evidence of body tissue
anyway. They all died. Wasted away
in the ground. The whole
What was left buried in memorial gardens,
alongside statues to honour hunger:
children with milky fat,
teeth in braces.
All we do now is eat.
/ Cork Schoolgirl Considers the GPO, Dublin 2016
I am standing outside the GPO
in my school uniform, which isn’t ideal.
My uniform is the colour of bull’s blood.
In this year, I am sixteen, a pleasing symmetry
because I love history, have I told you that?
It is mine so I carry it in my rucksack.
I love all the men of history sacrificing
themselves for Ireland, for me, these rebel Jesuses.
I put my finger in the building’s bullet holes;
poke around in its wounds.
I wonder if they feel it,
I hope they do, their blooming faces
pressed flat in the pages of my books.
I lick the wall as if it were a stamp,
it tastes of bones, this smelly city,
of those boys in uniforms,
theirs bloody too. I put my lips
to the pillar. I want to kiss them all. And
I do, I kiss all those boys goodbye.
/ Doll Game
I enjoyed nodding
my Barbies’ heads vigorously
so the toggle allowing them to bow
broke each moulded neck.
The sound of the crack reassuring.
I collected the shards
in a small velvet purse,
pushed the heads down hard
on the splintered stumps
to re-capitate. Each Barbie
neckless but alive.
Then I chopped off
their hair with a safety scissors
and presented such a doll
to my sister on her birthday.
She stripped her naked
as a new-born, brought her
to the beach to baptise her.
It wasn’t cold.
My birthday too,
I carried my box-fresh Barbie
tight in my small white fist,
encouraged her to look up
and down, back and forth
along the sand. Testing her,
the tan plastic that made her,
I tugged at her blonde strands
already loose. Though I pointed
out my sister to her on the shoreline,
her long hair whipping
around her head, a tiny storm –
though I gestured out to sea,
to the neckless doll’s head bobbing
in grey November waves, she didn’t blink.
Sitting alone in the house eating
my fingernails/watching the sky
move away. The room is full/versions of me
crouching on the floor/balancing on the window sill/
reclining on the pout of my lower lip/
asleep in the crease of my eyelid.
Not alone/with myself/A snare /I have been
running from I do not live
the way humans are supposed to,
compare my face to others you know.
I fall short/an embarrassing fringe/No matter
what face I try on it’s exhausting.
All versions shake our heads.
There is much to do/until we think we are not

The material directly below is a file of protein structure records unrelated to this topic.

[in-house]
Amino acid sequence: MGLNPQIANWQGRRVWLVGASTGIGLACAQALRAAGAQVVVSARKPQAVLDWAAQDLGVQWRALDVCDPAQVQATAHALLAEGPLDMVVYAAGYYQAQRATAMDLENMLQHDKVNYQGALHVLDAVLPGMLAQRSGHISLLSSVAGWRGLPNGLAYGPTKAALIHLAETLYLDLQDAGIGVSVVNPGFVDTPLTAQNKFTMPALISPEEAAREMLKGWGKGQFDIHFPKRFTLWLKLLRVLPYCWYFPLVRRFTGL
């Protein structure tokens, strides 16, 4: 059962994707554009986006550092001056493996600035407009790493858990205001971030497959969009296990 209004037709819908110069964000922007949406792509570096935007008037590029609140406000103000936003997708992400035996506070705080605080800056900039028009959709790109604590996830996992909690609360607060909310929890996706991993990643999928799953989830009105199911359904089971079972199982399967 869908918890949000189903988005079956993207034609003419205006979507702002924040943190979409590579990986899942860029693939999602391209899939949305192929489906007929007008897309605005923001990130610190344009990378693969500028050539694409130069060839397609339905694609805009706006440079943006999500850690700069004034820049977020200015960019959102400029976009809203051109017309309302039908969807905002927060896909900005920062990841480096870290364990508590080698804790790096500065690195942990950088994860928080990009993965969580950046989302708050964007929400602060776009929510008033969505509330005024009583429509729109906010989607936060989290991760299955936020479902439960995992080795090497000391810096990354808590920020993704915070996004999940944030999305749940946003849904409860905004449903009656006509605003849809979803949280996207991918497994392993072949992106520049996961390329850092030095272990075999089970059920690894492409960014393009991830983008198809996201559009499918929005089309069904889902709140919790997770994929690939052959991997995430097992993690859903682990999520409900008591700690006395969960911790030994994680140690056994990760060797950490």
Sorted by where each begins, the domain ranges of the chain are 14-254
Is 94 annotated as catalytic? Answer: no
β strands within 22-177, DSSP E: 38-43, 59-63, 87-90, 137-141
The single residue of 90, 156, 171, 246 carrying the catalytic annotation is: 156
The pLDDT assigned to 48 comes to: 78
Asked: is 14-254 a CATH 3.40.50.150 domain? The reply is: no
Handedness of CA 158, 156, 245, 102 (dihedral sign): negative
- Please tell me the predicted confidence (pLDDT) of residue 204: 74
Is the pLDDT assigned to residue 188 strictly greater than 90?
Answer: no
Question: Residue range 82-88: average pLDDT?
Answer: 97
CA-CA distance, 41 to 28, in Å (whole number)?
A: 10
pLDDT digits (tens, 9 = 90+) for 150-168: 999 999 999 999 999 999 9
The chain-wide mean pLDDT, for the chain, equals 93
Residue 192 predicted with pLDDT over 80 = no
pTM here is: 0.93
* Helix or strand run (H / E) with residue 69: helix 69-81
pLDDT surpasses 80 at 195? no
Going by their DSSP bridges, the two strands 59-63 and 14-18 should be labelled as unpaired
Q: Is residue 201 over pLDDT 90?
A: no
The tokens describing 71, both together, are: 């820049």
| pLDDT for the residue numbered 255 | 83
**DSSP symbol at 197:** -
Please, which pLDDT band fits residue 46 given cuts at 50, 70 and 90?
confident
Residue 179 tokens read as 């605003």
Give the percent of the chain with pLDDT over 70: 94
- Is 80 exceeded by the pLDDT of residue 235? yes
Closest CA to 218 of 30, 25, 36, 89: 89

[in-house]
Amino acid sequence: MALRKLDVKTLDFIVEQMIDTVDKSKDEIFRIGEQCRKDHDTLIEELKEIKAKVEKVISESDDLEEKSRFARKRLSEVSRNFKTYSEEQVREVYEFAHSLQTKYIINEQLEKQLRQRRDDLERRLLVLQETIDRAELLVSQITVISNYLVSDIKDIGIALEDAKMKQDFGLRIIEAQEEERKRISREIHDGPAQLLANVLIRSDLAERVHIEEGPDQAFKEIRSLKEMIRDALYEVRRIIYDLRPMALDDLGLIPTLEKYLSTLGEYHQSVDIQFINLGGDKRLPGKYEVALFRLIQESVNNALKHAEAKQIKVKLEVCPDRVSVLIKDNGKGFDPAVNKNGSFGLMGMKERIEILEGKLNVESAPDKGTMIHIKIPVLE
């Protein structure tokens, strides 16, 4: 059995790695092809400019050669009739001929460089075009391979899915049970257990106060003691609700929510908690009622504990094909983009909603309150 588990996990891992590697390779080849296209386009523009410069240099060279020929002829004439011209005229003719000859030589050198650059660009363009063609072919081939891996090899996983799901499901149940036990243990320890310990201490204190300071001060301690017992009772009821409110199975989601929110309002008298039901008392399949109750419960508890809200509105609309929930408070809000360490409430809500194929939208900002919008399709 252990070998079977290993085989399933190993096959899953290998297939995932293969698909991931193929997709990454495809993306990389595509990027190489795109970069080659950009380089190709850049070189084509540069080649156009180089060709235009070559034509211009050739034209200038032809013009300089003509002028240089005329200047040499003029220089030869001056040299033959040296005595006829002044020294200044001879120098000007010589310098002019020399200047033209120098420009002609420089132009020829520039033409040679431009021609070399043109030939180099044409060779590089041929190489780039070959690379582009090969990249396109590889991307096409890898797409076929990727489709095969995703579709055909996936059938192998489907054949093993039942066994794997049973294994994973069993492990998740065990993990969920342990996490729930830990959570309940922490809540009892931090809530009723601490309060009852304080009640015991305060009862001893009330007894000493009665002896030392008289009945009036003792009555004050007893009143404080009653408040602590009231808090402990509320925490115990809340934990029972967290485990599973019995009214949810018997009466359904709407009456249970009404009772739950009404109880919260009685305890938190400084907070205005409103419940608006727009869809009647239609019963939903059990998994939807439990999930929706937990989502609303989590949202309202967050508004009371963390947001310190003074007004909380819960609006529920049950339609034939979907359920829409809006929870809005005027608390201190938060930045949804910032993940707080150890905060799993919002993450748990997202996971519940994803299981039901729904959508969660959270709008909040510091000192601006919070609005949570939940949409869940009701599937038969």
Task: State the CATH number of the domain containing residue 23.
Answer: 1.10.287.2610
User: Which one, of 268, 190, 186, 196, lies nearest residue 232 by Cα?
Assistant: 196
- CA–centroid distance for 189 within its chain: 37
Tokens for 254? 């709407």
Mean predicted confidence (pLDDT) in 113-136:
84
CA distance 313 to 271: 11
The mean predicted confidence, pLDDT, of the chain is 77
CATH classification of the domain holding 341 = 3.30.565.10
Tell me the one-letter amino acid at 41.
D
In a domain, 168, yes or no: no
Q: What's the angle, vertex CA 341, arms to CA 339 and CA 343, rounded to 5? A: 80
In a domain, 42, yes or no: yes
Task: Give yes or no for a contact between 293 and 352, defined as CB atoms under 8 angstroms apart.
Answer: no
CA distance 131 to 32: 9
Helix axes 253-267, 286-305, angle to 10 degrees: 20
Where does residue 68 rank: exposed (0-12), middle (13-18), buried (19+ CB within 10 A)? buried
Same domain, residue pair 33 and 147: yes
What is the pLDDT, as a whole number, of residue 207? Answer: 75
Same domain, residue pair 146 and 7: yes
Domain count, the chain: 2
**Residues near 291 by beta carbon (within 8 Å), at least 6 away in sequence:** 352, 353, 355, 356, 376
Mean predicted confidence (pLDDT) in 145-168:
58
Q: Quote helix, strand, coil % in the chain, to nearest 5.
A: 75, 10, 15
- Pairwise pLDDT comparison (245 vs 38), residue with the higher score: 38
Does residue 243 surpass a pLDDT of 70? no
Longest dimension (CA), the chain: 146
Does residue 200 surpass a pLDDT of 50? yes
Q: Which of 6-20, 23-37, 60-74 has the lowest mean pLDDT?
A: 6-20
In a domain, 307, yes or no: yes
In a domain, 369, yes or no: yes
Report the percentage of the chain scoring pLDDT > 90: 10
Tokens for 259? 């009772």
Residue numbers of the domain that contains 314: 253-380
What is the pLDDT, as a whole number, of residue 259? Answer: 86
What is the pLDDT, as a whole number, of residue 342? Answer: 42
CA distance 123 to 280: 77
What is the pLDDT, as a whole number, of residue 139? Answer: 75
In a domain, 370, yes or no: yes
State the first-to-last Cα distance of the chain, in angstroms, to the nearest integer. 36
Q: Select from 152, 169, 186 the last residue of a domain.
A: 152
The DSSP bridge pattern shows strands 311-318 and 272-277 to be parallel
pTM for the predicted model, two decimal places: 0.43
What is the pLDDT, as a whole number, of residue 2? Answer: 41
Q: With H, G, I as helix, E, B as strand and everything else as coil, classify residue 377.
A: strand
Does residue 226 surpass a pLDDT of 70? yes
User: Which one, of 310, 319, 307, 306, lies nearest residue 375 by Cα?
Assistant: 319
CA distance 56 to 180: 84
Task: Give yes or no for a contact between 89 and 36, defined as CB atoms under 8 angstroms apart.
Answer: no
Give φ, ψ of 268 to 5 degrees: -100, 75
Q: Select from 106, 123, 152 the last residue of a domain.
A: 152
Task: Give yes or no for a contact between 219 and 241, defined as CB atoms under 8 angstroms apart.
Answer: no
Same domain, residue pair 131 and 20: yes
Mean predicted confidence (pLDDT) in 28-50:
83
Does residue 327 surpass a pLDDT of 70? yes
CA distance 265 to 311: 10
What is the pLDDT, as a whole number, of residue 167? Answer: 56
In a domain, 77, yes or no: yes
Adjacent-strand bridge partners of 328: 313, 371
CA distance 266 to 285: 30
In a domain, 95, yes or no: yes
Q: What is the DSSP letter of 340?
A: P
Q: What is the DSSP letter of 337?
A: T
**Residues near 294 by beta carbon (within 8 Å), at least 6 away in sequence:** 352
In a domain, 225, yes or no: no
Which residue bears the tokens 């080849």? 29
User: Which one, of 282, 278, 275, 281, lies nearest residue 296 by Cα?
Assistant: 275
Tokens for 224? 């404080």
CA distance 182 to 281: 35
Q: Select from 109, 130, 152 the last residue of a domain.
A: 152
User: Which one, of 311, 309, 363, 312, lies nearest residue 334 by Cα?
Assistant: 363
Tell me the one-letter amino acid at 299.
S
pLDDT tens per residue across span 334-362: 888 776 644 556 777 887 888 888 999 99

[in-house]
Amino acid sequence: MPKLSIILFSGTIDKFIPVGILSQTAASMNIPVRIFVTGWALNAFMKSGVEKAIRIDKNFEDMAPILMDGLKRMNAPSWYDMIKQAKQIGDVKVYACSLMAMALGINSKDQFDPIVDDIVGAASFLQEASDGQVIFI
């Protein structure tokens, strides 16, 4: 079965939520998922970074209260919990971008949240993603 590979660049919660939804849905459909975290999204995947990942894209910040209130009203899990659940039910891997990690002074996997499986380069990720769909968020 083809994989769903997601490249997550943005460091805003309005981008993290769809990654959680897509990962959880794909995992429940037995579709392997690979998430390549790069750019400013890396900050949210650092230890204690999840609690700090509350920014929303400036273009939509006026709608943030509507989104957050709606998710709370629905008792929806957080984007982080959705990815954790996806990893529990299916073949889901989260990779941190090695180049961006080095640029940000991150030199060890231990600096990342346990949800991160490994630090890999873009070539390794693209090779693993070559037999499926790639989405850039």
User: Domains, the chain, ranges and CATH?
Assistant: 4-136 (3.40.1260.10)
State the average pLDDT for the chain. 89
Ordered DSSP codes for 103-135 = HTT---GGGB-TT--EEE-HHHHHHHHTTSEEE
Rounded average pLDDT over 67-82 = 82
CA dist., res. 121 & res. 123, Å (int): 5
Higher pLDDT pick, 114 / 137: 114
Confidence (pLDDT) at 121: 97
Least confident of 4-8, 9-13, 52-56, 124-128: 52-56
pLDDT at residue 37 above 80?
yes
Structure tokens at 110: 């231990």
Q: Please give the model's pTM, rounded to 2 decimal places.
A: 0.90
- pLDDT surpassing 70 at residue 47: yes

What We Are: Victoria(s). I see
those letters written on envelopes I know
are for me because of the shape
of that word/that greedy V –
its two arms open wide/ready
to accept anything.
I want to hold things in my mouth –
the click of a boiled sweet
A toddler I stole my mother’s pills,
prised the lid off the bottle with tiny teeth,
arranged the tablets by colour and size.
My mother panicked when she found me,
drugs skittled on the bedspread.
At the hospital the nun
held the cup of charcoal to my mouth,
I spat black into a white bowl.
Its burnt taste,
I thought I must be bad.
Given a boiled sweet as a child, by an older cousin,
I popped it in
a dainty shade
My father spun me upside-down,
the sweet shaken loose.
In another version, my mother
pushes the sweet down
my throat with a finger, or maybe
that was when I was three
and nearly choked
in a different cousins’ house
gagging on another boiled sweet.
that’s what I’m looking for –
my mother’s finger
down my throat,
deep into me.
I sucked marrow from bones at dinner,
my father’s face a bloody grin of pride. I ate liver in chunks
for breakfast, pink and firm, jewels to adorn my insides.
I gloried in the feel of flesh, the exertion of the chew.
Holding my mother’s hand in the English Market,
I saw them – turkey chandeliers, plucked,
bruised purple eyelids dainty lightbulbs.
Their smell, fresh as the insides of my mouth.
Mother stroked my hair. There, there. I refused to eat
meat, became pillowy, meek. She hid muscle under mashed potato,
I tasted its tang in soup. Eat up, my parents said. I could not
swallow. My skin goose-pimple yellow, doctors drew blood
in tiny, regular sips. Teeth turned to glass and shattered
in my mouth. All I could taste was blood.
/ Hunger Strikes Catherine of Siena
My sister taught me how.
Oh Bonaventura, they wanted
me to marry him, the slack-jawed widower.
I vomited twigs, hid in the convent,
wore a widow’s habit. The other nuns complained
until at twenty-one I met Him.
He presented me with a ring fashioned from His skin.
Told me this sliver of flesh bound us,
wait, He told me, promising it would be special.
I levitated; only ate His body, others did not
understand how good it was
to kiss His holy prepuce.
Oh, Bonaventura, I am a house of sticks,
my bones rattle with desire until I lick it.
I feel it quiver, alive on my tongue.
/ Open Your Mouth
As a toddler,
Krishna ate clay
his worried mother
prying open his mouth
felt herself whirling in space, lost
inside that baby mouth
the whole universe,
moving and unmoving creation.
The earth, its mountains and oceans,
moon and stars,
planets and regions
and the child Krishna
with his wide-open mouth
and her kneeling
before him, and within